Market Risk: An introduction to the concept & analytics of Value-at-risk
John Frain () and
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Conor Meegan: Central Bank and Financial Services Authority of Ireland
No 7/RT/96, Research Technical Papers from Central Bank of Ireland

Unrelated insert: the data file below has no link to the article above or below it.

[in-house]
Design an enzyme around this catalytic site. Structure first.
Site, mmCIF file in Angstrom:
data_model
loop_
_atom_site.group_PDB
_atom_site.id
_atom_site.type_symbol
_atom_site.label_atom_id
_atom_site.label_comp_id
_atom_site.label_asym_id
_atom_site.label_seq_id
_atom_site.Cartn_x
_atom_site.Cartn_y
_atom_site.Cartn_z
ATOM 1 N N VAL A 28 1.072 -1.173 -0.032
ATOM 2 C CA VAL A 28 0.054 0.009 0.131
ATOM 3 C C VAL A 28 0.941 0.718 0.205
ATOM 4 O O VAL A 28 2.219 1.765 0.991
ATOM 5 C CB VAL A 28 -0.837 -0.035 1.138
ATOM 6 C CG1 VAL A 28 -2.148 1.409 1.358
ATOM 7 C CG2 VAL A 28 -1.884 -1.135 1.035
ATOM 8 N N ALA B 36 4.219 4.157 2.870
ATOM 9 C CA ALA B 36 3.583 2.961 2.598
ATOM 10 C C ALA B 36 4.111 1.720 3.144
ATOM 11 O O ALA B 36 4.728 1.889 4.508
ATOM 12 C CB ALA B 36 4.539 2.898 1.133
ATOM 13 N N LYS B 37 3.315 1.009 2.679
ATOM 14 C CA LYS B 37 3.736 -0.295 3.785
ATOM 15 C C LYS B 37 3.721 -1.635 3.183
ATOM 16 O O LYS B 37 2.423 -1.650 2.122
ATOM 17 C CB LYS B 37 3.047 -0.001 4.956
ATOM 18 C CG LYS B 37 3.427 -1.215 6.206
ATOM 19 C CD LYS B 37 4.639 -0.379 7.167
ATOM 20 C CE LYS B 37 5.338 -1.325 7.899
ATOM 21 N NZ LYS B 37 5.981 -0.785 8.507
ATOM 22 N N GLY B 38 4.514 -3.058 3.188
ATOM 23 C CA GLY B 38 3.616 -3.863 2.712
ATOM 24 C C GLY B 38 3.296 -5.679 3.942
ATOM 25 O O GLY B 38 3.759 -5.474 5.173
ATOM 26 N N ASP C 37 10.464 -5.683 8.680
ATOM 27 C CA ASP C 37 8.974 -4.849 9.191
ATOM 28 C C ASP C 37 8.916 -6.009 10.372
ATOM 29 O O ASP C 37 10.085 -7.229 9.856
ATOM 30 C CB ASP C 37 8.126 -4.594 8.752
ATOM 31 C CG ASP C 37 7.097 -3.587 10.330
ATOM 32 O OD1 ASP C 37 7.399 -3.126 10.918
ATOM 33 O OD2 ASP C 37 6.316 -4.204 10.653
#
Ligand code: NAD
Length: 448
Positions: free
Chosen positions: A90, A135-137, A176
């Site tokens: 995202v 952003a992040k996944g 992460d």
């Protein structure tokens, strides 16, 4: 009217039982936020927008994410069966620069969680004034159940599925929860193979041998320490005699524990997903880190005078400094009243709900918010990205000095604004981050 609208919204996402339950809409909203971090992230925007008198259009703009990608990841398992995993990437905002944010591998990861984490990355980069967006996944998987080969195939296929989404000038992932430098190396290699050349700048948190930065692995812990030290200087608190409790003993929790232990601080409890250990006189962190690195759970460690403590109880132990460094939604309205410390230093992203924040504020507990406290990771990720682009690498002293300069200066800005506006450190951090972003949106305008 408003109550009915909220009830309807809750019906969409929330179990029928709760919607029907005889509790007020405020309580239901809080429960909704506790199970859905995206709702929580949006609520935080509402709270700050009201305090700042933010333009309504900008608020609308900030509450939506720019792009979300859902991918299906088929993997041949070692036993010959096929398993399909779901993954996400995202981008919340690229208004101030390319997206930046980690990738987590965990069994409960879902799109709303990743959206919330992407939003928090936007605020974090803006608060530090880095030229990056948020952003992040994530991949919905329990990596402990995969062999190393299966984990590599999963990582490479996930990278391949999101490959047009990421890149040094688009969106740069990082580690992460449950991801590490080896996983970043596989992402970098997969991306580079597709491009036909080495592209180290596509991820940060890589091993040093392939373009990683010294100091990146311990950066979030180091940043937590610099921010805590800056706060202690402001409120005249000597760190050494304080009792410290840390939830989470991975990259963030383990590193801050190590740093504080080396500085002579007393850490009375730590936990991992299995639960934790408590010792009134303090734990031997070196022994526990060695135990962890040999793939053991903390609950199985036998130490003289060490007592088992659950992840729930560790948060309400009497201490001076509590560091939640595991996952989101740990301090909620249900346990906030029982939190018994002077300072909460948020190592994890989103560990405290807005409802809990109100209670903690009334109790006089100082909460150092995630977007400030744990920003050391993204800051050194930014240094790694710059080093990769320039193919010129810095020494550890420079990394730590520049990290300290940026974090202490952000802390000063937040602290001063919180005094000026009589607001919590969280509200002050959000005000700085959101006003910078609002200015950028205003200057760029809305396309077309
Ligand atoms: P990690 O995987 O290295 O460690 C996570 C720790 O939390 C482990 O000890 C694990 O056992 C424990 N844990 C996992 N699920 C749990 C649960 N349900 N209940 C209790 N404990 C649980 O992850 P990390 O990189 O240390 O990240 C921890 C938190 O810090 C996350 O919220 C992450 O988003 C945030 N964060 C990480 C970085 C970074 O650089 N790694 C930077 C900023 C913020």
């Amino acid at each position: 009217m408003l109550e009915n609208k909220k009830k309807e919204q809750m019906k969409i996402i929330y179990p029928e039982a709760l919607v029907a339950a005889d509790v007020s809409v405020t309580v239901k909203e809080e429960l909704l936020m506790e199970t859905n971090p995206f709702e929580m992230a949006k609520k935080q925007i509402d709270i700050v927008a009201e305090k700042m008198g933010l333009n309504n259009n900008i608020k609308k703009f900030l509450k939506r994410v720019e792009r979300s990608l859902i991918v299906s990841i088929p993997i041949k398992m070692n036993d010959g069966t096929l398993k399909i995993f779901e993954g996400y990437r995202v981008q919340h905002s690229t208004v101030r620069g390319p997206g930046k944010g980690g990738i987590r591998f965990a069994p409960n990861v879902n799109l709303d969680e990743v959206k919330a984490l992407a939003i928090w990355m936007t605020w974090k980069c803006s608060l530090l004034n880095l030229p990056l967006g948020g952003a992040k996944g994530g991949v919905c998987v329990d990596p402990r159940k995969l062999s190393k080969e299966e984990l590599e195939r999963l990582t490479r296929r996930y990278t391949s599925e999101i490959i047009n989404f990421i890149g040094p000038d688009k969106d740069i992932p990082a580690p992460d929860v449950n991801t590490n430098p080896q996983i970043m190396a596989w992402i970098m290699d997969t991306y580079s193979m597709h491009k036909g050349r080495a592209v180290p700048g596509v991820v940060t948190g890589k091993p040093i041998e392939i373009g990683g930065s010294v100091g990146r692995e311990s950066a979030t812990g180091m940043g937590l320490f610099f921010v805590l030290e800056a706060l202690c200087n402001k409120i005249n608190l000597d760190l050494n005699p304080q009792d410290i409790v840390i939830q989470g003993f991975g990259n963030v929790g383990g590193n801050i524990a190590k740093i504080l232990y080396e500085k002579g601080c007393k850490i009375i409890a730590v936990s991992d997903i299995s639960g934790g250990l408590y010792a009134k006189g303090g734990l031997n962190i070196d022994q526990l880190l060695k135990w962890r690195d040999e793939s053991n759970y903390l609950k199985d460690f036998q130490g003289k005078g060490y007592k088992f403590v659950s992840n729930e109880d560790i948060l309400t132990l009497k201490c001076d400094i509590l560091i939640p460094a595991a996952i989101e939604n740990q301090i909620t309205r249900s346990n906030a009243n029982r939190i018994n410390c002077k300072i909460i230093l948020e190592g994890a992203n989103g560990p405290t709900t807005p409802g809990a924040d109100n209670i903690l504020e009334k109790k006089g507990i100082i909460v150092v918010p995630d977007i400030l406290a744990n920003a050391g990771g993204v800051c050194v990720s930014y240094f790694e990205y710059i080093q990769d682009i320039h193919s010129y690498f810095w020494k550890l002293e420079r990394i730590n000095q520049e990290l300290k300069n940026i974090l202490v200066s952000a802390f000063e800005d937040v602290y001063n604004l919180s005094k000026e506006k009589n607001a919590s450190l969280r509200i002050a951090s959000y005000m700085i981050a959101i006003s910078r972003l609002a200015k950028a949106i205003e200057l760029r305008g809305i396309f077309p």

In recent years the concept of Value-at-risk has achieved prominence among risk managers for the purpose of market risk measurement and control. Spurred by the increasing complexity and volume of trade in derivatives, and by the numerous headline cases of institutions sustaining enormous losses from their derivatives activities, risk managers have acknowledged the need for a unified risk measurement and management strategy. Furthermore, the regulatory authorities, recognising the systemic threat posed by the growth and complexity of derivatives trading, moved swiftly to address this problem. As a result, the European Union approved EC/93/6, "The Capital Adequacy Directive", which mandates financial institutions to quantify and measure risk on an aggregate basis and to set aside capital to cover potential losses which might accrue from their market positions. More recently, the Basle committee of the BIS published an amendment to the "Capital Accord" which makes provision for the use of proprietary in-house models to be employed instead of the original framework. The proposed basis of these in-house models is the value-at-risk framework. In this paper, we present an introductory exposition to the concept of Value-at-risk describing, among other things, the methods commonly employed in its calculation, and a brief critique of each.
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